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Shabbat Shalom from Beth Joshua Cong. of Aspen Hill!
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Shabbat Bo

4:51PM Candle Lighting

4:55PM Friday Davening

9:00AM Shacharit followed by Kiddush sponsored by Jay & Vicki Pollack in honor of all of our children, including a visit this Shabbat from those in St. Louis. The kiddush is also in honor of the wedding anniversary of Jay and Ida.

Click here for a list of all our sponsorship opportunities.

4:00PM Rabbi's Shiur

4:50PM Shabbat Mincha

5:54PM Shabbat Ends not before this time.

8:15AM Sunday Shacharit


Jan 15

Friday night dvar torah by Rabbi Jeffrey Frances.

Jan 16

Shabbat Derasha Topic: "Aleinu LishaBeach & the Jews of 18th c. Konigsburg."

Rabbi Uri Topolosky

Jan 17 @ 9:00AM

"Water Fountains and Shabbat"

Breakfast presentation with engineer, Pesy Hollander. Sponsored by the Logan Family. Other sponsors are welcome!

Jan 18 @ 8PM

Men's Mussar Chaburah 

at the home of Melech Avraham Gilbert, 14654 Bauer Dr.

Jan 22 @ 5:15PM

Women's Kabbalat Shabbat

Following Friday Mincha, this special women's tefillah will occur simultaneously with the regular Kabbalat Shabbat davening, but will meet in the MS Beit Midrash.

Jan 23

Shabbat Guest Speaker

Nechama Porat

"The Eternity Dance of Miriam" (ריקוד הנצח של מרים)

Jan 23 @ 8:30PM

Saturday Night Women's Shiur with visiting scholar, Bracha Rutner, Yoetzet Halacha at the home of Jackie Krisch, 5004 Baltic Ave. "Intimacy Issues in Marriage: What Isn't Discussed but Needs to Be!"  For more information about Bracha, her role in our community, and about the Yoetzet Halacha, see"

Jan 24 @ 10AM

Family Minyan at the Berman Preschool Family Fun Day

Jan 24 @ 8PM

Tu BiShevat Seder

at the Topolosky home

Feb 7 @ 9AM

A Bagel for Your Thoughts

Community Survey Results discussion and process groups led by Orlee Turitz.



Feb 26-27

Aspen Hill Prospective Families Shabbaton


TLC Through Torah Sessions on Tuesday and Thursday evenings with Tova Bonnett LCSW-C

A Taste of our Prophets for Shabbat

Dear Friends,

Rabbi Uri picture

The Reverend Dr. Martin Luther King Jr. once thought of himself as a modern day Moses, at least in regards to the closing moments of Moshe’s life. In the now famous 1968 speech delivered in Memphis, TN, hours before he was assassinated, Dr. King preached, “Well, I don't know what will happen now. We've got some difficult days ahead. But it really doesn't matter with me now, because I've been to the mountaintop. And I don't mind. Like anybody, I would like to live a long life. Longevity has its place. But I'm not concerned about that now. I just want to do God's will. And He's allowed me to go up to the mountain. And I've looked over. And I've seen the Promised Land. I may not get there with you. But I want you to know tonight, that we, as a people, will get to the Promised Land!”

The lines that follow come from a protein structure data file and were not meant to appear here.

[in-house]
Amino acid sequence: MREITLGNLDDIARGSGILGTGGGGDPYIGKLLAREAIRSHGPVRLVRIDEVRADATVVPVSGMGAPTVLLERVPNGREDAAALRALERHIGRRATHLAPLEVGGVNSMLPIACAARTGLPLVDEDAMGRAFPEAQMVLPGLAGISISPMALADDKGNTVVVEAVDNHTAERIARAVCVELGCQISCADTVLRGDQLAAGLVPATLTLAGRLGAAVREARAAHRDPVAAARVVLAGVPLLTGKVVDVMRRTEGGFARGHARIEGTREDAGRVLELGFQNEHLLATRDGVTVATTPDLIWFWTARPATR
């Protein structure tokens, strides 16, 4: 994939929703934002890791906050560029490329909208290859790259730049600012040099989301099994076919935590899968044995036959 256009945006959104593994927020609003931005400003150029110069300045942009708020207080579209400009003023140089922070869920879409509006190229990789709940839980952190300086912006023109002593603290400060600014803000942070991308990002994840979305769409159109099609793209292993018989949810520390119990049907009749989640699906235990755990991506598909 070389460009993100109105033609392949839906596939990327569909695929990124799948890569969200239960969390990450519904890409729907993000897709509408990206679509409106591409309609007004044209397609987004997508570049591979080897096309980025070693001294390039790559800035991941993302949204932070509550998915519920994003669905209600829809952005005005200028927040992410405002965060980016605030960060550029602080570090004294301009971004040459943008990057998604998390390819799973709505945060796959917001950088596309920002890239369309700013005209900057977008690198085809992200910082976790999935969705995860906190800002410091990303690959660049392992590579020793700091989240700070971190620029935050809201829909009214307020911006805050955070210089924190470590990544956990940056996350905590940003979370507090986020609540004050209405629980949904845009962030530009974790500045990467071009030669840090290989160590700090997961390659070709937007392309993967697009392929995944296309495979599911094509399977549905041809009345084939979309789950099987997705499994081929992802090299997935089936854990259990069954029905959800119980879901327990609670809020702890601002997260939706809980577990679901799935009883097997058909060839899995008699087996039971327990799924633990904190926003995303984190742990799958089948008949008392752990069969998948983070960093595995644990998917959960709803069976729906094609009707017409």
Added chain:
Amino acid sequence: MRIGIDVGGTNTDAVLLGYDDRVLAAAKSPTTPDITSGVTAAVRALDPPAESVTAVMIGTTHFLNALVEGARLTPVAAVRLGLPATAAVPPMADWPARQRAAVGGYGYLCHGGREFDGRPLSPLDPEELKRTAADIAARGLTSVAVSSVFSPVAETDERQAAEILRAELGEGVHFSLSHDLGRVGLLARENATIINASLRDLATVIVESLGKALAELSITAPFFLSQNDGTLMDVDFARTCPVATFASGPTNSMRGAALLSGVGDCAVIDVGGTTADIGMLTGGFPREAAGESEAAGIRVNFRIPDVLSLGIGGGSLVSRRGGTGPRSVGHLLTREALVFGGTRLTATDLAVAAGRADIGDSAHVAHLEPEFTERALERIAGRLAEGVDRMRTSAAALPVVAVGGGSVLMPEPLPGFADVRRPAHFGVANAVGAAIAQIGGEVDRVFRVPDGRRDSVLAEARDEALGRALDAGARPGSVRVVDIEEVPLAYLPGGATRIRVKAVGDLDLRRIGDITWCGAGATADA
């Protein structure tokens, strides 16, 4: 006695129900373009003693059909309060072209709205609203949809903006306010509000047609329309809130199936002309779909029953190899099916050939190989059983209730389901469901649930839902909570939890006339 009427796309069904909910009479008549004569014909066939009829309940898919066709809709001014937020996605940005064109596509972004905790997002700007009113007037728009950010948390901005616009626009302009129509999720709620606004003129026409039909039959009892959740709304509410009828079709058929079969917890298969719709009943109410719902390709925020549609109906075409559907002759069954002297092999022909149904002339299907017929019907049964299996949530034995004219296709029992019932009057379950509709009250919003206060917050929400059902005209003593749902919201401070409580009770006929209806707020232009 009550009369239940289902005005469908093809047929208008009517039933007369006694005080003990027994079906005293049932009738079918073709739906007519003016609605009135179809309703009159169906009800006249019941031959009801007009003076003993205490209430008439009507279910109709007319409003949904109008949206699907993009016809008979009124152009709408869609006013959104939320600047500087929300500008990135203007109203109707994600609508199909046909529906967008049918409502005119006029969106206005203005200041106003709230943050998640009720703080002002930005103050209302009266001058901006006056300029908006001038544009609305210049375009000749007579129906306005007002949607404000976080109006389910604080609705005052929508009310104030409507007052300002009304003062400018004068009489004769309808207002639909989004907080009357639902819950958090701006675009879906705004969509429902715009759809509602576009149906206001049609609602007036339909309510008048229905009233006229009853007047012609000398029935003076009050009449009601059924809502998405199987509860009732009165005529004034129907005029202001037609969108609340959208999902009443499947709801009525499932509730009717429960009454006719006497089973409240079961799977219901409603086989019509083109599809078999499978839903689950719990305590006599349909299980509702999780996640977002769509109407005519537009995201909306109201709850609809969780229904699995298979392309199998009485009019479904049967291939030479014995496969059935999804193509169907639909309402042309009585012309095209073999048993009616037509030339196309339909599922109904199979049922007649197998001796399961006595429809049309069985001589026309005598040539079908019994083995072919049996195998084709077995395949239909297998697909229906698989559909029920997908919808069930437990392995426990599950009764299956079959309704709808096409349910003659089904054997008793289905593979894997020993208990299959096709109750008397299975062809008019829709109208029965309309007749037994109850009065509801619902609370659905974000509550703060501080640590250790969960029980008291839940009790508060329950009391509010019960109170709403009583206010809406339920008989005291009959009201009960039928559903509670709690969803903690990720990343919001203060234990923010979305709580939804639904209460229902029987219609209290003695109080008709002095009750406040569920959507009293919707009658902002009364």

(The text just doesn’t do it justice. You can listen to his speech here. I wish we also had some audio files on Moshe - Charlton Heston just doesn't do it justice!) 

Dr. King hoped to inspire his followers with the story of Moshe’s life.  It is in this week’s Torah portion, that Moshe leads the Israelite nation out of Egypt on the way to the Promised Land. While we know that people reach their destination, Moshe himself is stopped short, and that is the point where our Torah ends. It is a literal cliffhanger, and it serves as a powerful spiritual and literary device, inviting the reader – the peoples of all generations, to pick up where the pen left off, and to fulfill our destiny.

Much in the same way, Dr. King wished for others to keep on marching on to fulfill a vision for a “Promised Land” that included freedom, justice, and equal rights for all.

This weekend, we celebrate our teacher Moshe, the greatest of all prophets, as well as Dr. King, a modern day prophet. As we cherish their teachings, we must wonder: Who are the prophets of today? What is the cliff that we still stand upon? What is the vision that remains unfulfilled? And what is our role in that promise?

As we read this week’s parsha, and Moshe’s final words to a stubborn Pharoah, we might also think of the immortal words of Dr. King, who wrote in his letter from the Birmingham jail in 1963, "Injustice anywhere is a threat to justice everywhere. We are caught in an inescapable network of mutuality, tied in a single garment of destiny. Whatever affects one directly, affects all indirectly."

Shabbat Shalom! See you in shul,

Rabbi Uri


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Shabbat Children's Programs

9:15AM - 5th and 6th graders (and 7th graders who wish to) meet in back of cafeteria.
9:30AM - Tot room opens for supervised play 
10:15AM - Groups begin for Tots, K-2nd grade, and 3rd-4th grade.

Questions? Contact Carmiya:

Your feedback is appreciated! RSVP to this email.
Beth Joshua Congregation of Aspen Hill
13300 Arctic Ave, Rockville, MD 20853
301.962.9400 x5247

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Beth Joshua Congregation
13300 Arctic Ave
Rockville, Maryland 20853

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